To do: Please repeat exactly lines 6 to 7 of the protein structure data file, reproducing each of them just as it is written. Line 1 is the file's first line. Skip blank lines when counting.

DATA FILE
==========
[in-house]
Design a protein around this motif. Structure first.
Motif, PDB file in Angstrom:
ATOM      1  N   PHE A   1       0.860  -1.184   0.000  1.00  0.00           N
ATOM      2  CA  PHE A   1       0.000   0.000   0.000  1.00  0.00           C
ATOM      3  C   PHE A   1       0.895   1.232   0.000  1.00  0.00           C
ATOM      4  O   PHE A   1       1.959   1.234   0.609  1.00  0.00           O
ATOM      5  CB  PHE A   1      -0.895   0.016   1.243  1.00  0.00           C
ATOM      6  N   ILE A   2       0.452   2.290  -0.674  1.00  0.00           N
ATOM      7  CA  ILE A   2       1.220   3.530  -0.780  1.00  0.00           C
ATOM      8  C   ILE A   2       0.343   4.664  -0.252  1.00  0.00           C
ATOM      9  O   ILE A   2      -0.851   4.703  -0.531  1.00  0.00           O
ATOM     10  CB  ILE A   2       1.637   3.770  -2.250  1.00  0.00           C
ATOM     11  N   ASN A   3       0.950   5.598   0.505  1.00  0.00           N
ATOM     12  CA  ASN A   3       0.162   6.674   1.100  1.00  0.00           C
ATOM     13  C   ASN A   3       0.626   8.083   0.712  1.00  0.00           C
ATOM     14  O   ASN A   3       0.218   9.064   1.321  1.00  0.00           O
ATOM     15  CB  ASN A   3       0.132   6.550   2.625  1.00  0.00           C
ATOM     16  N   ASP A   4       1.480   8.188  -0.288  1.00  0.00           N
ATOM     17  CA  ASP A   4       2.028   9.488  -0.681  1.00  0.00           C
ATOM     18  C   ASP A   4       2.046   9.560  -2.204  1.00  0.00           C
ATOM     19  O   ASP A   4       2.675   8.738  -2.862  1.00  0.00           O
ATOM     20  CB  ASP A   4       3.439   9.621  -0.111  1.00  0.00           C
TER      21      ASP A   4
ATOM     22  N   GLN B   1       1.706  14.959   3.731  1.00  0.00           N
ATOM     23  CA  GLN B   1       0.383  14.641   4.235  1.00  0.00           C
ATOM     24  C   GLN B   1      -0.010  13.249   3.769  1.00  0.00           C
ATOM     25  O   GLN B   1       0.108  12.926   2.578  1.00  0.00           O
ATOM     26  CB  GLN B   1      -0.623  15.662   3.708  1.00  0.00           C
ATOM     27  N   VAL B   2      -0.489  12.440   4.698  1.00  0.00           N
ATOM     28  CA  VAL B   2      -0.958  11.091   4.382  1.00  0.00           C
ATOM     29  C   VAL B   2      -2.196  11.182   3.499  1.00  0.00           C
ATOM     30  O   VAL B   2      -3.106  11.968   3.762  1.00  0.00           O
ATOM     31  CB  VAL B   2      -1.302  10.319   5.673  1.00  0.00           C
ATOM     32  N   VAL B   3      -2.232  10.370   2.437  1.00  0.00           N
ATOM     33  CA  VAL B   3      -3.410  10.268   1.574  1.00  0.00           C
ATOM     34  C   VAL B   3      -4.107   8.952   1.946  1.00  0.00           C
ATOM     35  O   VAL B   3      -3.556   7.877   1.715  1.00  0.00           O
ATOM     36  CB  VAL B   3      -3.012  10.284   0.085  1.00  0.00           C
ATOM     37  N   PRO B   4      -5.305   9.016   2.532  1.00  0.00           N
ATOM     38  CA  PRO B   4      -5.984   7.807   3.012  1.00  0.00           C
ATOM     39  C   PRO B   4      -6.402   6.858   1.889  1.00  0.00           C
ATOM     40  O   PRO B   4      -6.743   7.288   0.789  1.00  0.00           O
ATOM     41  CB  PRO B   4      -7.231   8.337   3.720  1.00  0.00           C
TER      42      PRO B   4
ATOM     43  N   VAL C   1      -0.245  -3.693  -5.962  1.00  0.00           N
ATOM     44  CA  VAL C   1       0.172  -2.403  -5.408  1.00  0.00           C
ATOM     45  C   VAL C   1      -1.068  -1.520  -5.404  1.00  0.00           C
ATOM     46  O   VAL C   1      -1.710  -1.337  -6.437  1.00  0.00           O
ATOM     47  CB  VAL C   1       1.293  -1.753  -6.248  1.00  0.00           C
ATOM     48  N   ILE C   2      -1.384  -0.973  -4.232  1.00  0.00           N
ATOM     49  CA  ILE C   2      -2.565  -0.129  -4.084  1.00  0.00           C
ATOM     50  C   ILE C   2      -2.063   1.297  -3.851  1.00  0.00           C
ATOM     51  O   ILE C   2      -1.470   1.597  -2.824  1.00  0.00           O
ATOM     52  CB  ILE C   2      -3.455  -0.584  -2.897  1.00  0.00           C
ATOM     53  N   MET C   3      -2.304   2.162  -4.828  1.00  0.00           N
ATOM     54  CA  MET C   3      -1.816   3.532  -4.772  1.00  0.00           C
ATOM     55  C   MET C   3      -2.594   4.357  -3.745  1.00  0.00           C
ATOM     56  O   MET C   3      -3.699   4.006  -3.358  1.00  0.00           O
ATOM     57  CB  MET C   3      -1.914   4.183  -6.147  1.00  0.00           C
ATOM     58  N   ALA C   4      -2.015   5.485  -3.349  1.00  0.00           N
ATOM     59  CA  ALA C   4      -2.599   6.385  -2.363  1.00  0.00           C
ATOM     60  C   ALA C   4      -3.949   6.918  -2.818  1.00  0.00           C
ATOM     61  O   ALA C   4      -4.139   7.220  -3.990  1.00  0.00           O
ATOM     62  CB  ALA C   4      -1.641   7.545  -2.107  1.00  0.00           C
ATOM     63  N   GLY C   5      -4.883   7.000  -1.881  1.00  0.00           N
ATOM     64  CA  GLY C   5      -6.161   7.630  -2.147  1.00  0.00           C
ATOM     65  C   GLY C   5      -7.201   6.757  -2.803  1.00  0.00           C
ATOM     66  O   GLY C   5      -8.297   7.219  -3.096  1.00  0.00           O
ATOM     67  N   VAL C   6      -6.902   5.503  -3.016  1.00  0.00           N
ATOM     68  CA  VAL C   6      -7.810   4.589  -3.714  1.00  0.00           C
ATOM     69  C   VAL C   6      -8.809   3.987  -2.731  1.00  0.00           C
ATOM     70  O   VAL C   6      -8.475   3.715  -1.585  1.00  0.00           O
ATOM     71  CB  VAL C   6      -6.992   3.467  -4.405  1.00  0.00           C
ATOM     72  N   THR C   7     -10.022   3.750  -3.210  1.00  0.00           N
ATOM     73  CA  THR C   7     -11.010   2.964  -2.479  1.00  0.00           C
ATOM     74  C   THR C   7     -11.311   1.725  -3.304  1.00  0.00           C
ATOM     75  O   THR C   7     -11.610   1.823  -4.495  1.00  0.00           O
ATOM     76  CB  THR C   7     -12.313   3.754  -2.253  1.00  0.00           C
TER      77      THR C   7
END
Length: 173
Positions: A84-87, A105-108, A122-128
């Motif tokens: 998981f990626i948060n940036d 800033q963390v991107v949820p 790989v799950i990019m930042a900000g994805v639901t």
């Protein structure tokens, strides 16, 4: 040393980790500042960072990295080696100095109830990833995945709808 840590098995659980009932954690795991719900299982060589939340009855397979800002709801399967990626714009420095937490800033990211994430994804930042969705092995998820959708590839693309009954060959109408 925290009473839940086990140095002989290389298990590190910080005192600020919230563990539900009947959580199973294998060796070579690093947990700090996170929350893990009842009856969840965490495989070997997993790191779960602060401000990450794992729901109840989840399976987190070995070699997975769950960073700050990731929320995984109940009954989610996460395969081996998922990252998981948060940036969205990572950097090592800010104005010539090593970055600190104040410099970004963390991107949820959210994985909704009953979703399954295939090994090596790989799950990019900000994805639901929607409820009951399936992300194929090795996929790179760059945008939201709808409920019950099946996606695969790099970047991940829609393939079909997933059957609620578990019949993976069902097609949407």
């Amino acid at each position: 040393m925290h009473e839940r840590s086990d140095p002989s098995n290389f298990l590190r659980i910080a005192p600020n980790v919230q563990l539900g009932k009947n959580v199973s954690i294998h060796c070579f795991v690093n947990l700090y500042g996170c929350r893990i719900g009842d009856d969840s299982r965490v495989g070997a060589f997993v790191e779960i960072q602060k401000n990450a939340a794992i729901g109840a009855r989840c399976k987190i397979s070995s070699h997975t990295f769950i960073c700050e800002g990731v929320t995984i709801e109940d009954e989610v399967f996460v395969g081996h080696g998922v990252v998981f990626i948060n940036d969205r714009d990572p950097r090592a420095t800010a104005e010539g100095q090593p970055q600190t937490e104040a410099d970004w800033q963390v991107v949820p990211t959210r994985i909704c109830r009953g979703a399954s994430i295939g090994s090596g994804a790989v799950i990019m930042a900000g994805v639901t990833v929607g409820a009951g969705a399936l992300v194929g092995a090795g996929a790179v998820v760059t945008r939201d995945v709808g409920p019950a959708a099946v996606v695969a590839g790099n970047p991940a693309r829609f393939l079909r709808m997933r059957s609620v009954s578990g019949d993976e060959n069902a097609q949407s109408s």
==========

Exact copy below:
ATOM      3  C   PHE A   1       0.895   1.232   0.000  1.00  0.00           C
ATOM      4  O   PHE A   1       1.959   1.234   0.609  1.00  0.00           O